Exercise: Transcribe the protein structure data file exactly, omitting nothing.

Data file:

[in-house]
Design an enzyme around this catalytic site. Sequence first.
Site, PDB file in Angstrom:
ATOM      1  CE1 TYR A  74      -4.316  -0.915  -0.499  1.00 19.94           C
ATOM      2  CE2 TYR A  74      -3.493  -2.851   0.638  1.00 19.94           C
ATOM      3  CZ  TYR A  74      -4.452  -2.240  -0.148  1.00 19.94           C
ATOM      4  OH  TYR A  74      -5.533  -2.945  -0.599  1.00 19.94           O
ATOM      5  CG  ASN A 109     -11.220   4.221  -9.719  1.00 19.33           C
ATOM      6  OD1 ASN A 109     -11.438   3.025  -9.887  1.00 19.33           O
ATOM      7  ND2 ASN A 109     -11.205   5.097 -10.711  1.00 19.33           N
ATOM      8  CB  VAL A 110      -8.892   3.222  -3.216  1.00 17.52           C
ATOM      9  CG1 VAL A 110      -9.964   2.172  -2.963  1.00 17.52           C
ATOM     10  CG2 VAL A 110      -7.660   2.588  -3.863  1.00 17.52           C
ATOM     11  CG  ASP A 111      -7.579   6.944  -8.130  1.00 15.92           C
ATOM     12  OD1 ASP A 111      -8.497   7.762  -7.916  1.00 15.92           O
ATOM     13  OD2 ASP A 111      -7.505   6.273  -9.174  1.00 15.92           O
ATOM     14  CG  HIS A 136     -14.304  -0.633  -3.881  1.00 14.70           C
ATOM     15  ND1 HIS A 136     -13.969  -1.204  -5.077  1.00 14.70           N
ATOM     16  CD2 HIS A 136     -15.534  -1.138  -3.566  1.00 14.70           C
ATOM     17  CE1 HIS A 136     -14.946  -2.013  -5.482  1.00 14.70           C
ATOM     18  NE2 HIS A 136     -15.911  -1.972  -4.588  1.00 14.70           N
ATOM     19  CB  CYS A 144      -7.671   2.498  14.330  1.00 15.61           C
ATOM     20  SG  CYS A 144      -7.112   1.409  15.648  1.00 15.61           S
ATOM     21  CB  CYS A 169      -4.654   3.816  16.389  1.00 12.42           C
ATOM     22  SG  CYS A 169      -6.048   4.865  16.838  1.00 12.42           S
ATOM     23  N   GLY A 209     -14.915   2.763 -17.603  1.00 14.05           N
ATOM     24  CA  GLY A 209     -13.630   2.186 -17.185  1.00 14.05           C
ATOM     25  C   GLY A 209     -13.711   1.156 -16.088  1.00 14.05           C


[in-house]
Design an enzyme around this catalytic site. Sequence first.
Site, PDB file in Angstrom:
ATOM      1  CE1 TYR A  74      -4.316  -0.915  -0.499  1.00 19.94           C
ATOM      2  CE2 TYR A  74      -3.493  -2.851   0.638  1.00 19.94           C
ATOM      3  CZ  TYR A  74      -4.452  -2.240  -0.148  1.00 19.94           C
ATOM      4  OH  TYR A  74      -5.533  -2.945  -0.599  1.00 19.94           O
ATOM      5  CG  ASN A 109     -11.220   4.221  -9.719  1.00 19.33           C
ATOM      6  OD1 ASN A 109     -11.438   3.025  -9.887  1.00 19.33           O
ATOM      7  ND2 ASN A 109     -11.205   5.097 -10.711  1.00 19.33           N
ATOM      8  CB  VAL A 110      -8.892   3.222  -3.216  1.00 17.52           C
ATOM      9  CG1 VAL A 110      -9.964   2.172  -2.963  1.00 17.52           C
ATOM     10  CG2 VAL A 110      -7.660   2.588  -3.863  1.00 17.52           C
ATOM     11  CG  ASP A 111      -7.579   6.944  -8.130  1.00 15.92           C
ATOM     12  OD1 ASP A 111      -8.497   7.762  -7.916  1.00 15.92           O
ATOM     13  OD2 ASP A 111      -7.505   6.273  -9.174  1.00 15.92           O
ATOM     14  CG  HIS A 136     -14.304  -0.633  -3.881  1.00 14.70           C
ATOM     15  ND1 HIS A 136     -13.969  -1.204  -5.077  1.00 14.70           N
ATOM     16  CD2 HIS A 136     -15.534  -1.138  -3.566  1.00 14.70           C
ATOM     17  CE1 HIS A 136     -14.946  -2.013  -5.482  1.00 14.70           C
ATOM     18  NE2 HIS A 136     -15.911  -1.972  -4.588  1.00 14.70           N
ATOM     19  CB  CYS A 144      -7.671   2.498  14.330  1.00 15.61           C
ATOM     20  SG  CYS A 144      -7.112   1.409  15.648  1.00 15.61           S
ATOM     21  CB  CYS A 169      -4.654   3.816  16.389  1.00 12.42           C
ATOM     22  SG  CYS A 169      -6.048   4.865  16.838  1.00 12.42           S
ATOM     23  N   GLY A 209     -14.915   2.763 -17.603  1.00 14.05           N
ATOM     24  CA  GLY A 209     -13.630   2.186 -17.185  1.00 14.05           C
ATOM     25  C   GLY A 209     -13.711   1.156 -16.088  1.00 14.05           C